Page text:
Winter Weather Increases Risk of Colic in Horses: Part 2–Water
- January 12, 2017
- By Kristin Danley-Greiner for The Fence Post
Dehydration is probably the biggest factor in winter colic.
“We’ll see horses with an obstruction or impaction in their colon due to the colic. They have about 100 to 120 feet of intestine from one end to the other, so if they aren’t hydrated, the feed in their intestines hardens and doesn’t move, which leads to abdominal pain,” said Bass.
It’s not enough to just make sure horses have access to water—it has to be water they’re willing to drink.
“If the water source is not as warm as the horses prefer, they’re not as interested in drinking it,” Bass said. “I’m not a big fan of automatic waterers, because you can’t monitor how much they’re drinking. It’s nice to put heaters in the water tank, which helps you monitor their intake and keeps it warmer for them.”
If you are bucketing water to your horses, be prepared to haul up to 15 gallons a day. Stricklin said in extremely cold weather a horse is going to drink at least 10 gallons a day, maybe more than that, maybe less. The important thing, he said, is to make sure they’re drinking each day.
Unfortunately, there aren’t any warning signs that a horse is dehydrated. The first thing you notice is likely to be the signs of colic—wanting to lie down, kicking at their bellies, looking at their back end, Stricklin said.
There are upwards of 40 different types of colic, but abdominal pain and impaction are common among all types, Bass said. Horse owners should look for such symptoms as decreased appetite, refusal to drink, lethargy, licking at its side because of the abdominal pain, pawing at the ground, ears pinned back and rolling back and forth on the ground.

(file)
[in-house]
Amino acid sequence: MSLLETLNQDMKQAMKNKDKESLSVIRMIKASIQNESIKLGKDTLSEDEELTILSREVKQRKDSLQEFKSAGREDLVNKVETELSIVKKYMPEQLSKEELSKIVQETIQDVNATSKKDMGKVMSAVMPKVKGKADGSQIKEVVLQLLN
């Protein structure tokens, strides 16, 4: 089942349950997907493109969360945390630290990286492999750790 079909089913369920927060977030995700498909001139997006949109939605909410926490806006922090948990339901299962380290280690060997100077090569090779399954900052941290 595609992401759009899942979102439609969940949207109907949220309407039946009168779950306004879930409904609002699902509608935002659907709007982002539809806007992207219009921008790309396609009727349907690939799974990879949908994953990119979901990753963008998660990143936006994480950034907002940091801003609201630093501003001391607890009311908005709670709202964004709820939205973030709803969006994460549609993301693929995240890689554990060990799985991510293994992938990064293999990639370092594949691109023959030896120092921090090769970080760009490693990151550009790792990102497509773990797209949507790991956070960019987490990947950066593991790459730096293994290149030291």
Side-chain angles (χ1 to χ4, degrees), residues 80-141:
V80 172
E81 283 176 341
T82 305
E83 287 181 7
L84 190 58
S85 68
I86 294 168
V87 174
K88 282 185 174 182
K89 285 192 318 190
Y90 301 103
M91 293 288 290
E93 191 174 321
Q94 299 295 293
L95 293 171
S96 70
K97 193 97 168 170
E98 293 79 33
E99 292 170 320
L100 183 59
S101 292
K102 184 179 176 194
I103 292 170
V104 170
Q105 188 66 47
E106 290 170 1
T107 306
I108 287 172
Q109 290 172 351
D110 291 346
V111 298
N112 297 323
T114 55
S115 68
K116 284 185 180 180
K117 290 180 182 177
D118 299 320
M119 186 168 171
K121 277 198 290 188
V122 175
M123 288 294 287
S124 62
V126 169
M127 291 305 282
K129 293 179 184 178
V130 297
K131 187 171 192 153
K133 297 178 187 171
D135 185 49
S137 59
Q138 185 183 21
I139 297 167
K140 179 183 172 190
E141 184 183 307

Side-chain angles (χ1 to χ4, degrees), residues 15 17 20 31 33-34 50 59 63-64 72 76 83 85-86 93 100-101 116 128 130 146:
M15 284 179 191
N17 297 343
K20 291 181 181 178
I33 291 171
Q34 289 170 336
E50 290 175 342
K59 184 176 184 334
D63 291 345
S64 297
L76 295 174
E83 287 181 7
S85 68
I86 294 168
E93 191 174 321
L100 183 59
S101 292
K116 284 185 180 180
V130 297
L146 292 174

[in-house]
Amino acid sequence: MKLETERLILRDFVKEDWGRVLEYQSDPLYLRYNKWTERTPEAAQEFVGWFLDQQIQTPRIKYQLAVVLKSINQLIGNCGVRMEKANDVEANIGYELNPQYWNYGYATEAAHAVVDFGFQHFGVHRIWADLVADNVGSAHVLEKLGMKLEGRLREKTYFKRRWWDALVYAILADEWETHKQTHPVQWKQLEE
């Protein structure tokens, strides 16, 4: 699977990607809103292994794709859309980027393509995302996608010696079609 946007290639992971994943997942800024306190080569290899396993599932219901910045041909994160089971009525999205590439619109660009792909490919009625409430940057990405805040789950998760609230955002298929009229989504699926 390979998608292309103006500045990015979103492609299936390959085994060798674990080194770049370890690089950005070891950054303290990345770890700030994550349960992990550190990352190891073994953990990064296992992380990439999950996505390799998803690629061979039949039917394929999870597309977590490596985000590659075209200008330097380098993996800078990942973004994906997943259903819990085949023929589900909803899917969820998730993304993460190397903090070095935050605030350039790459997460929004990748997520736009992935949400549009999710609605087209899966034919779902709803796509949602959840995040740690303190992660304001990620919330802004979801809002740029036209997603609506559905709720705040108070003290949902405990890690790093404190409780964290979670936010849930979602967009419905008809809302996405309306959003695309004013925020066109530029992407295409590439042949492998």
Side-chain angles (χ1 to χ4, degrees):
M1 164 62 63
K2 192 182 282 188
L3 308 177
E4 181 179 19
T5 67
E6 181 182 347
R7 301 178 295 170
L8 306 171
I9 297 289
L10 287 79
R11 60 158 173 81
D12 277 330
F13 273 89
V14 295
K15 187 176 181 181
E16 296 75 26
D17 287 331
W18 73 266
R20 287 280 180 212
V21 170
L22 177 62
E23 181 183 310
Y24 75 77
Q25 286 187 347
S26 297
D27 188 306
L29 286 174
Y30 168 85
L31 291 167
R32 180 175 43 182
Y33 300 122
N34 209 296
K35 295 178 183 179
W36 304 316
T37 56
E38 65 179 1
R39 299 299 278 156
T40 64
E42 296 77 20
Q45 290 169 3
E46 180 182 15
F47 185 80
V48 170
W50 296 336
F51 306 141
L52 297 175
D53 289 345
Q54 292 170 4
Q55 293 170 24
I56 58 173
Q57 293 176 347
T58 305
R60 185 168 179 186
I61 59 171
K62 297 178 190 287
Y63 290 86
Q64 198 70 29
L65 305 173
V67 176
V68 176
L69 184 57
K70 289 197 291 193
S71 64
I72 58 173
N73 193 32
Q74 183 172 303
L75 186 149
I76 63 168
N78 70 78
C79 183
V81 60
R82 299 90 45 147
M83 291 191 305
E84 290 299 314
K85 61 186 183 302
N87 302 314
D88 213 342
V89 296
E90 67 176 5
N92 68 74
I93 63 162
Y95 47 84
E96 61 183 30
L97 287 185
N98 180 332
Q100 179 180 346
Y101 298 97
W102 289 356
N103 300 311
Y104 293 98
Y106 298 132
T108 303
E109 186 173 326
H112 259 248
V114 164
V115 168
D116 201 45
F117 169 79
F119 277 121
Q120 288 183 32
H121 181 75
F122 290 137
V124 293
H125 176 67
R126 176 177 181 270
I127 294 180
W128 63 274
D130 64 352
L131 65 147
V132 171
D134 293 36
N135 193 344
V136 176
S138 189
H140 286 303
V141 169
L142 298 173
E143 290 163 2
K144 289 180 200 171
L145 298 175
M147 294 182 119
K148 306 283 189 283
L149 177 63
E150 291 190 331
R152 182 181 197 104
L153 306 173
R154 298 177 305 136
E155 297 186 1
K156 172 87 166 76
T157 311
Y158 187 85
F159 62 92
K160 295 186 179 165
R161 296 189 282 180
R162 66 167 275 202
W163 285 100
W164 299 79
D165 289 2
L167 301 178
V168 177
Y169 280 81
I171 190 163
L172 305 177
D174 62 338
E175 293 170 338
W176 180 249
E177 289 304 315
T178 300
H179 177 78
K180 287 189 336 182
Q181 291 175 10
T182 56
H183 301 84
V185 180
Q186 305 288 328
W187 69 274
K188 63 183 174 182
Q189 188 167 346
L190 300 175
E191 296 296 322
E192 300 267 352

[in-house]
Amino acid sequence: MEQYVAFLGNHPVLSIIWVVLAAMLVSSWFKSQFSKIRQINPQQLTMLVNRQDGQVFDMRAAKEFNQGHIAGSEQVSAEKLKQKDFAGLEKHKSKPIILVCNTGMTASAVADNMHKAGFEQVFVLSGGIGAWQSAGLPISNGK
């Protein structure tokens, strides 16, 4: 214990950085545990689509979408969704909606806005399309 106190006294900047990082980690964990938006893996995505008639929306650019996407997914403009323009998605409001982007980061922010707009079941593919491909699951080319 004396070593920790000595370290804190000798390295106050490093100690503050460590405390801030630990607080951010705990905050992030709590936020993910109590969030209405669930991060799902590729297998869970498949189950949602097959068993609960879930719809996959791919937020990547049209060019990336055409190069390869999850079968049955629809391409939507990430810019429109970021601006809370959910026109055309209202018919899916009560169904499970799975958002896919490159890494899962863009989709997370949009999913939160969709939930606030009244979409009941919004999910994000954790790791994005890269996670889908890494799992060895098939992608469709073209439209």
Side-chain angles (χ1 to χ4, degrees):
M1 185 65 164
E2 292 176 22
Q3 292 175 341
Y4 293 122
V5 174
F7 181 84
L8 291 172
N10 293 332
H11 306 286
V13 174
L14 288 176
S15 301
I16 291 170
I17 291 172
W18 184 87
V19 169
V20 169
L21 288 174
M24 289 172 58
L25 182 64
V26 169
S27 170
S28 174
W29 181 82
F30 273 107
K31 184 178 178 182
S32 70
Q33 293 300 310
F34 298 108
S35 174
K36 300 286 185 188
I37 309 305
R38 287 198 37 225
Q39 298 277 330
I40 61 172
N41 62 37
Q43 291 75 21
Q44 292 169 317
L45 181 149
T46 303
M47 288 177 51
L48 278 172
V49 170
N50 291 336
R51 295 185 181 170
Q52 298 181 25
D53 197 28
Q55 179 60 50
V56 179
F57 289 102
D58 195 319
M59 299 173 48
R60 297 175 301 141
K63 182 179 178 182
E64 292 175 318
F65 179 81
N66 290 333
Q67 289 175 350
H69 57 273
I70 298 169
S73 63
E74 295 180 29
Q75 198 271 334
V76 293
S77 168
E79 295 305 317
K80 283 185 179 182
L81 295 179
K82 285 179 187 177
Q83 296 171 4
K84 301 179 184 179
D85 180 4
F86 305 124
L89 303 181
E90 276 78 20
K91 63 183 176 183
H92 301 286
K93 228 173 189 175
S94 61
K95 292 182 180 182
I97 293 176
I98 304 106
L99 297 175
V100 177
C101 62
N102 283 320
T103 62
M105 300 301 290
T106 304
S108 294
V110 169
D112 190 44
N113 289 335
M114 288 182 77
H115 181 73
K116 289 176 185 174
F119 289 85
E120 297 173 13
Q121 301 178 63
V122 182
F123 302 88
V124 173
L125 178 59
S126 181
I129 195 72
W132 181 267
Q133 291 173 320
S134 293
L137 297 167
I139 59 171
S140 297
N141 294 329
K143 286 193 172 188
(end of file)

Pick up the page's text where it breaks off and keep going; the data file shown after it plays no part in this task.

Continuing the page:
“If they aren’t passing manure, they’re really uncomfortable,” he said. “If they’re throwing themselves on the ground or are unable to stand, that’s a severe sign.”
Tying up vs colic
Another common malady, “tying up” can look like colic, and is also caused by dehydration, but the cause and treatment are different. “Tying up is muscles, colic is the belly,” Stricklin said. A horse that is tying up isn’t likely to want to lie down, because its muscles are cramping. “Sometimes the two can look a lot alike, so you need to know what you’re dealing with to know the best way to treat them.”
Walking is recommended for a colicy horse, but not for a horse that’s tying up. If a horse is tying up the recommended treatment is an anti-inflammatory, Stricklin said.
“If you’re not sure which you’re dealing with, you need to get somebody there who does, and can decide the best treatment for them.”
Check out part 3 later this week.